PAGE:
02/09/14 Sermon (February 9, 2014) “Let our light shine”

posted Mar 11, 2014, 10:41 AM by David Hawkins

02/09/14 Sermon (February 9, 2014)

“Let our light shine”


Scripture Reading: Matthew 5:13-20 (Liturgist)

“You are the salt of the earth; but if salt has lost its taste, how can its saltiness be restored? It is no longer good for anything, but is thrown out and trampled under foot.

“You are the light of the world. A city built on a hill cannot be hid. No one after lighting a lamp puts it under the bushel basket, but on the lampstand, and it gives light to all in the house. In the same way, let your light shine before others, so that they may see your good works and give glory to your Father in heaven.

“Do not think that I have come to abolish the law or the prophets; I have come not to abolish but to fulfill. For truly I tell you, until heaven and earth pass away, not one letter, not one stroke of a letter, will pass from the law until all is accomplished. Therefore, whoever breaks one of the least of these commandments, and teaches others to do the same, will be called least in the kingdom of heaven; but whoever does them and teaches them will be called great in the kingdom of heaven.

“For I tell you, unless your righteousness exceeds that of the scribes and Pharisees, you will never enter the kingdom of heaven.”


Sermon: "Let Our Light Shine"    Rev. David Hawkins


Today we find Jesus continuing his sermon on the mount from last week. His disciples and crowds of onlookers are gathered on the hillside at Jesus’ feet, hoping for an encouraging word.

Last week, Jesus began his sermon with blessings. And now he moves into the meat. This is where he began his exhortations to live an ethical and moral life, to live the life of a disciple.

And the life of a disciple is difficult. Especially in that time, in that place. The people on that hillside are facing huge obstacles. Their way of life is under constant pressure. They live in an occupied city, under the rule of the Roman empire. Their religion is based on the worship of the God of Abraham, the God of the Isaac, one God, the God of all creation.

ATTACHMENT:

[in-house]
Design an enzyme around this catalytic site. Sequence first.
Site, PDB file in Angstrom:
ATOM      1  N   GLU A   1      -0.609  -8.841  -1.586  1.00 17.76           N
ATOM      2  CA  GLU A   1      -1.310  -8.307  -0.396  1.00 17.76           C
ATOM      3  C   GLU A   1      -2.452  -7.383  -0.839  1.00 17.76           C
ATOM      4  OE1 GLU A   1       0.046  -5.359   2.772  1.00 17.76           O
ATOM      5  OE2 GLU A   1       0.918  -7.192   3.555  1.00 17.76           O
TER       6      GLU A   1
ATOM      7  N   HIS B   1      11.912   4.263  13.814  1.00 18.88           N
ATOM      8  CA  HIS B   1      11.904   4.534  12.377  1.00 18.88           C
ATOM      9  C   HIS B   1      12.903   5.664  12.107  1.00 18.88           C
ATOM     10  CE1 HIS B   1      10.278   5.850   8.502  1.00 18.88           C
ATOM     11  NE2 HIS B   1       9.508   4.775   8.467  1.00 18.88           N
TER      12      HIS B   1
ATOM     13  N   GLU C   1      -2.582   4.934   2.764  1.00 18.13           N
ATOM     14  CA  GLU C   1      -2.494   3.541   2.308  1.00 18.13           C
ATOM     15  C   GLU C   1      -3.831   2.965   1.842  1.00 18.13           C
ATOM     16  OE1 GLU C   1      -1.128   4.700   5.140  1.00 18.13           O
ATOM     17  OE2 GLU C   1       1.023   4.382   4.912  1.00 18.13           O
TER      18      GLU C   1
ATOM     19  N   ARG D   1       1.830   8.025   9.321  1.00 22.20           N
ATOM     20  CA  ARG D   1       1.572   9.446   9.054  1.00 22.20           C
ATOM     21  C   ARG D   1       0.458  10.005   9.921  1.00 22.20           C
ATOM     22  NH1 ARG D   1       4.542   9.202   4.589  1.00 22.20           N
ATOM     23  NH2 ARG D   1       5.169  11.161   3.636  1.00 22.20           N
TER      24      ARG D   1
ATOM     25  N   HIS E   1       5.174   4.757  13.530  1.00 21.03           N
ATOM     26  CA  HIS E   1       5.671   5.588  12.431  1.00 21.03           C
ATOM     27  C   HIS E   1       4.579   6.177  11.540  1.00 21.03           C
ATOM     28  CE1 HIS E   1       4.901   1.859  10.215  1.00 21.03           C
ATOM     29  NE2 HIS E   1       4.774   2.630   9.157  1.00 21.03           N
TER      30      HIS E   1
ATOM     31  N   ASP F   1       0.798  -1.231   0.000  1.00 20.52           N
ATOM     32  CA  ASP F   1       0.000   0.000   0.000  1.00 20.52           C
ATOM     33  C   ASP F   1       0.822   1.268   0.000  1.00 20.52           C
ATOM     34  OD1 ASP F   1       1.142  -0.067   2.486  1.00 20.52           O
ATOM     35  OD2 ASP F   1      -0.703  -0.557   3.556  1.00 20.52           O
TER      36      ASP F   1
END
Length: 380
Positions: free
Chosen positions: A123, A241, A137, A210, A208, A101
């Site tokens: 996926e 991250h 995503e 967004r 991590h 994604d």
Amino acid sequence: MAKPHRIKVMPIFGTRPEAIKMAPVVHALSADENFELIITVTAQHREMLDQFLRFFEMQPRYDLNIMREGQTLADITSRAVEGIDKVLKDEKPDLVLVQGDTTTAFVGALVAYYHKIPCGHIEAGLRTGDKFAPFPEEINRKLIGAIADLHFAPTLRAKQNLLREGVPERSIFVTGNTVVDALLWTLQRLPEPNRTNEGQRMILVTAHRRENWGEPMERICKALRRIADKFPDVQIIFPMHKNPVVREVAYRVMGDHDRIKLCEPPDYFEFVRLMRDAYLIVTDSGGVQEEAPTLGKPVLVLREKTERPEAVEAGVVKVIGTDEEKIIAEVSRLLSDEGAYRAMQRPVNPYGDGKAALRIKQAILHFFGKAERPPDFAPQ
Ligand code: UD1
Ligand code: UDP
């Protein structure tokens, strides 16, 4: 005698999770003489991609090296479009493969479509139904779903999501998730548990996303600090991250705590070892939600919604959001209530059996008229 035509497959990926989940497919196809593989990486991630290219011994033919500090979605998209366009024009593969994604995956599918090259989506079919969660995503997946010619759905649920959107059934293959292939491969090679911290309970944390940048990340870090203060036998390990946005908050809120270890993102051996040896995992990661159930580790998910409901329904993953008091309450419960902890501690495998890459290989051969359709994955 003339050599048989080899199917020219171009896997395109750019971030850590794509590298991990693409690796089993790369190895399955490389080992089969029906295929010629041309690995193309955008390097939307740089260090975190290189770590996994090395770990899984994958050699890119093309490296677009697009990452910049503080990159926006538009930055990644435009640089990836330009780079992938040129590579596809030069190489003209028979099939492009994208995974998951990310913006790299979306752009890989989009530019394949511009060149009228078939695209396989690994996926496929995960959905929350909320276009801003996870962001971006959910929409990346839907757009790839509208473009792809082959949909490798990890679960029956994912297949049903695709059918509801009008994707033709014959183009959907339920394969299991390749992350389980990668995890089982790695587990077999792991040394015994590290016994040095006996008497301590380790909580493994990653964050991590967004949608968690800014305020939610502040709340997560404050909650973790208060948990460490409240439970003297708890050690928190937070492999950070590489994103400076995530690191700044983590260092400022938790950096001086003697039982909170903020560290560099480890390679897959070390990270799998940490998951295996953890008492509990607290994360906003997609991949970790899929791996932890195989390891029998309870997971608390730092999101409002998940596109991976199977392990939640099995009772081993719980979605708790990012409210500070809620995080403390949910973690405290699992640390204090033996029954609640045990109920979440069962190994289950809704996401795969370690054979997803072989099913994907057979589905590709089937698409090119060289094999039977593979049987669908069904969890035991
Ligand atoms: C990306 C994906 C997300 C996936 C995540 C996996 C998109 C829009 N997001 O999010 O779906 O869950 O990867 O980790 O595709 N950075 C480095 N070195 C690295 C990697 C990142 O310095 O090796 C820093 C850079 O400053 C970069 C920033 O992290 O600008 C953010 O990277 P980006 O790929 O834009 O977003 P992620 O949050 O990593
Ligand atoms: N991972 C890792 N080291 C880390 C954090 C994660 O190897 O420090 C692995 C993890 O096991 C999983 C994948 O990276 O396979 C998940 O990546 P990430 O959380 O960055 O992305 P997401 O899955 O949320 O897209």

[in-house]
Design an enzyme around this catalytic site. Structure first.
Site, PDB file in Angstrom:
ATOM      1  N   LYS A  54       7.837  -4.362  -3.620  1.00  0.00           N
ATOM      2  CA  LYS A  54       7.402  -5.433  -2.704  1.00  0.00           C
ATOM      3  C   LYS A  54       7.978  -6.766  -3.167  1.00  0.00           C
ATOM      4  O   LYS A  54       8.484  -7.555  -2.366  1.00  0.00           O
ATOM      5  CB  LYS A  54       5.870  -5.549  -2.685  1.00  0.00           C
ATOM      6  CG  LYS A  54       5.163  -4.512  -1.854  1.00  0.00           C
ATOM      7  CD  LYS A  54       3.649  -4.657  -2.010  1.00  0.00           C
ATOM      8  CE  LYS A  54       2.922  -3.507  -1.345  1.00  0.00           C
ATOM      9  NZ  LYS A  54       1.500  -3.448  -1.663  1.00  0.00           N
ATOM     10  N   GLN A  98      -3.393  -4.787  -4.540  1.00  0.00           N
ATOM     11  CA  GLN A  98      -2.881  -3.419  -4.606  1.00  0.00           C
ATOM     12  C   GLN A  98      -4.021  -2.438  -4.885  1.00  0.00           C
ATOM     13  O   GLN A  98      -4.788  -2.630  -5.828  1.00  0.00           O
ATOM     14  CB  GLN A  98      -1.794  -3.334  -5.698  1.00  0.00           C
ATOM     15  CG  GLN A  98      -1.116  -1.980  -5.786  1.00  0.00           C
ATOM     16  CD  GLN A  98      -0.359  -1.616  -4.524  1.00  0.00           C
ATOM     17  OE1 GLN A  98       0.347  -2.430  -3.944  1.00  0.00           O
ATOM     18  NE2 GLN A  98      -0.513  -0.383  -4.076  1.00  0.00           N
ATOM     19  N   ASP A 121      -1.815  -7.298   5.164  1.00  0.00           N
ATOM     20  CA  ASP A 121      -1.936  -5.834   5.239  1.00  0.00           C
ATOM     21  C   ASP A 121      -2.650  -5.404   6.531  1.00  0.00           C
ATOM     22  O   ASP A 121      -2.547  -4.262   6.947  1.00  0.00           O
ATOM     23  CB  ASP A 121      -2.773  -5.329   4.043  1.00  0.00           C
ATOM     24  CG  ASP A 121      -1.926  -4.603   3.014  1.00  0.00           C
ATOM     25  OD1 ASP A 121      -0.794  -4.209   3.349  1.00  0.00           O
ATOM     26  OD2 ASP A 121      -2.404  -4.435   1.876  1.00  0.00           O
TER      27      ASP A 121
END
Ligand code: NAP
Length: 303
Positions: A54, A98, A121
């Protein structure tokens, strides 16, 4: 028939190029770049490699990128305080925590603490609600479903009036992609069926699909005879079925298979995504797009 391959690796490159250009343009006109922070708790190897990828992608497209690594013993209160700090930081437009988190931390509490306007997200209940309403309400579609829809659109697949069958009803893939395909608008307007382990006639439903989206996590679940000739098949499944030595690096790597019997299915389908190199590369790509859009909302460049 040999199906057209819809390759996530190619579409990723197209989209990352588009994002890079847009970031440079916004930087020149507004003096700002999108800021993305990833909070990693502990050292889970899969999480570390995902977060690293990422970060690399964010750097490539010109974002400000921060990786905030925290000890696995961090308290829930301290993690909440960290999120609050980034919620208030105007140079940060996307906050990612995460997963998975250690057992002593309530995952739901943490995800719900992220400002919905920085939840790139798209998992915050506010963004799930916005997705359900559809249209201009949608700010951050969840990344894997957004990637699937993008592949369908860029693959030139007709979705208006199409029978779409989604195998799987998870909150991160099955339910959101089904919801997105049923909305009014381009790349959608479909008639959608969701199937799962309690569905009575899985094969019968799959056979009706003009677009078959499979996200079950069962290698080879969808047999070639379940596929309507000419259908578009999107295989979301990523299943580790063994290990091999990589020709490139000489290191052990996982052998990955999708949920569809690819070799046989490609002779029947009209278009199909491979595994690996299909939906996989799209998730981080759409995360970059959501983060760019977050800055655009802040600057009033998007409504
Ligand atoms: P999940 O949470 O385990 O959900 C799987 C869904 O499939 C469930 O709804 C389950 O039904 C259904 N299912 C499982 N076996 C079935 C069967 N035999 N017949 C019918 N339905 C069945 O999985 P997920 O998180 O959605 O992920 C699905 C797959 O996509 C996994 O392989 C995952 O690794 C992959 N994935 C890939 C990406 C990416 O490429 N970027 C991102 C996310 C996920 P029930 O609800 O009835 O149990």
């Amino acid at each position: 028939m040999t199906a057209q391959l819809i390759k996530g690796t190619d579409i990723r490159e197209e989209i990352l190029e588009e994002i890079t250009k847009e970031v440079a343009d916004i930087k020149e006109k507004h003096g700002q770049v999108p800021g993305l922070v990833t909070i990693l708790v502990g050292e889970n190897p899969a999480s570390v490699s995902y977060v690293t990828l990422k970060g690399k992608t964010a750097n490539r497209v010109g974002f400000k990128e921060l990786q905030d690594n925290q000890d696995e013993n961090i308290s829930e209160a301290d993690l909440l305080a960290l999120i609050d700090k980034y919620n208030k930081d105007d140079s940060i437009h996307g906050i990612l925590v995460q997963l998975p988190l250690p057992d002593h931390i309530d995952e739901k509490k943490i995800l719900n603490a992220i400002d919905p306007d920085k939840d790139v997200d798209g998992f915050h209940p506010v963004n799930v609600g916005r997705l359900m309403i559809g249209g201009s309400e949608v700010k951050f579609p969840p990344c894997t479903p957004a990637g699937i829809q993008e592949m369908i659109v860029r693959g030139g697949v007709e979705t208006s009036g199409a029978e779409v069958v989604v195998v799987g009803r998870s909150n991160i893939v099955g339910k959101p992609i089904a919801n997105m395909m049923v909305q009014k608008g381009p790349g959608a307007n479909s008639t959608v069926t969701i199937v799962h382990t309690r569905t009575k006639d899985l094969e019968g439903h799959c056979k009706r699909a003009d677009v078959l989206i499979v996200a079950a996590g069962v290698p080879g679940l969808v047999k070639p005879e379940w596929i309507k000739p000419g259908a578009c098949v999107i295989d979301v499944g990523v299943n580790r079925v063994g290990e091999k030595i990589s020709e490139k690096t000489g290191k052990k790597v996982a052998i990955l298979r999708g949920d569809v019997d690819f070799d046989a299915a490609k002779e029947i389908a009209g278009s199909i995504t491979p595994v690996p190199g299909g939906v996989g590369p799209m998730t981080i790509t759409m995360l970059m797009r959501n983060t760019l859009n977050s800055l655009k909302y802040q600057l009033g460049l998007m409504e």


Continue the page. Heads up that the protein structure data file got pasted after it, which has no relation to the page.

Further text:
The Romans worship many gods, sometimes all at the same time. And they offer sacrifices to particular gods at certain times to achieve specific favors. Sacrifices to Mars for victory in war. Sacrifices to Venus for fertility. Sacrifices to Minerva for wisdom.

And the Romans know that their gods are fickle. They are unpredictable and jealous. And so when something went wrong, it meant that someone had made one of the gods angry. And you don’t want to make the gods angry. But here in Israel, we have an entire population, an entire country, that not only doesn’t worship the right gods, they don’t even believe those gods exist.  

And that’s not all. The Israelites also refuse to give the emperor the proper respect. They don’t recognize the deity of Caesar. This is outright treason. It’s as though the Hebrews want the empire to fail. They are inviting the wrath of the gods. They are inviting the destruction of the entire empire.

And so when disasters struck, as they inevitably do when you live on this earth, the Romans knew exactly who to blame. When there was a drought, or a flood, or a plague, it was easy to figure out who was at fault. As has been the tradition for thousands of years, even into our time, blame the Jews. It is the Jews’ fault that that the gods are angry. It is the Jews’ fault we don’t have enough food. It is the Jews’ fault that we lost the war. It’s always the Jews’ fault. This is nothing new.

And so it might be natural for those following Jesus to hope that he might tell them that maybe, just maybe, they can relax just a little bit with the whole Jewish thing. That maybe they can let go of their identity as followers of the torah. That maybe they can not be quite such an obvious target for those who would seek to use them as scapegoats for everything that goes wrong in the world.